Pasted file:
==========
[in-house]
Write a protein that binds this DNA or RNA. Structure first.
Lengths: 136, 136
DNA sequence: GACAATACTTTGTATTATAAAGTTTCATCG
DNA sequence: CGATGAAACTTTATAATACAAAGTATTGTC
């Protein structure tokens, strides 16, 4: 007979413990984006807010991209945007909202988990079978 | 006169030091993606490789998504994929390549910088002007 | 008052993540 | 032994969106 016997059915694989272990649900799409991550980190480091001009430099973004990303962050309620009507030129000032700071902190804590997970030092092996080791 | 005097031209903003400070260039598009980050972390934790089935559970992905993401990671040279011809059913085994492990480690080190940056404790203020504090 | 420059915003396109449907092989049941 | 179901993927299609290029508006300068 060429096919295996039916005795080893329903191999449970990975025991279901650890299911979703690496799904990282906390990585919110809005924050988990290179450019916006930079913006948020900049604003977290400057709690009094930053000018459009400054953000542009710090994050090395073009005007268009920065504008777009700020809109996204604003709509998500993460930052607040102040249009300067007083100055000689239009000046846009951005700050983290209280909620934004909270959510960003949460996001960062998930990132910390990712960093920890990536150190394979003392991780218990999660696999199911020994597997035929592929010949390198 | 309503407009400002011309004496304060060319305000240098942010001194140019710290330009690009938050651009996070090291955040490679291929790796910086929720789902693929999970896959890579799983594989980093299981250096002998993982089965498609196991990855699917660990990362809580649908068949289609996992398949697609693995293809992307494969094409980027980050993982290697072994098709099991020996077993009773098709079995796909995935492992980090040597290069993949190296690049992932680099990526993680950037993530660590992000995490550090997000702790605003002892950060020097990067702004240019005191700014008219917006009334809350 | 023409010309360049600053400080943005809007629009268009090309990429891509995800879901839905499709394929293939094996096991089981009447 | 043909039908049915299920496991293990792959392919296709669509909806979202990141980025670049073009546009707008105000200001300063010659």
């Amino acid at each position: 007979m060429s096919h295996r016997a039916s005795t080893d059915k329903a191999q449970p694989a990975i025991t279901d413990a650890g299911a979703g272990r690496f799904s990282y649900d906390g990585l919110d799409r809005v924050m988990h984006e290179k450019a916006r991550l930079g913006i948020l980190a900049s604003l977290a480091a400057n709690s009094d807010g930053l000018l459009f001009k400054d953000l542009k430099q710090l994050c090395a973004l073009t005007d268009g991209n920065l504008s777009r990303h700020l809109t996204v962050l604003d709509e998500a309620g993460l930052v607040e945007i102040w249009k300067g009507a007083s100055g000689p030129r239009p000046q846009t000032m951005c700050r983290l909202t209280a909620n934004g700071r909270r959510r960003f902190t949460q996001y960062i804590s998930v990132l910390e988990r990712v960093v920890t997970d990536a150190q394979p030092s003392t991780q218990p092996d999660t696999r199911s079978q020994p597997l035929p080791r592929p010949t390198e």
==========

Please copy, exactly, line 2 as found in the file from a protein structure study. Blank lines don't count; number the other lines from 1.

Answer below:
Write a protein that binds this DNA or RNA. Structure first.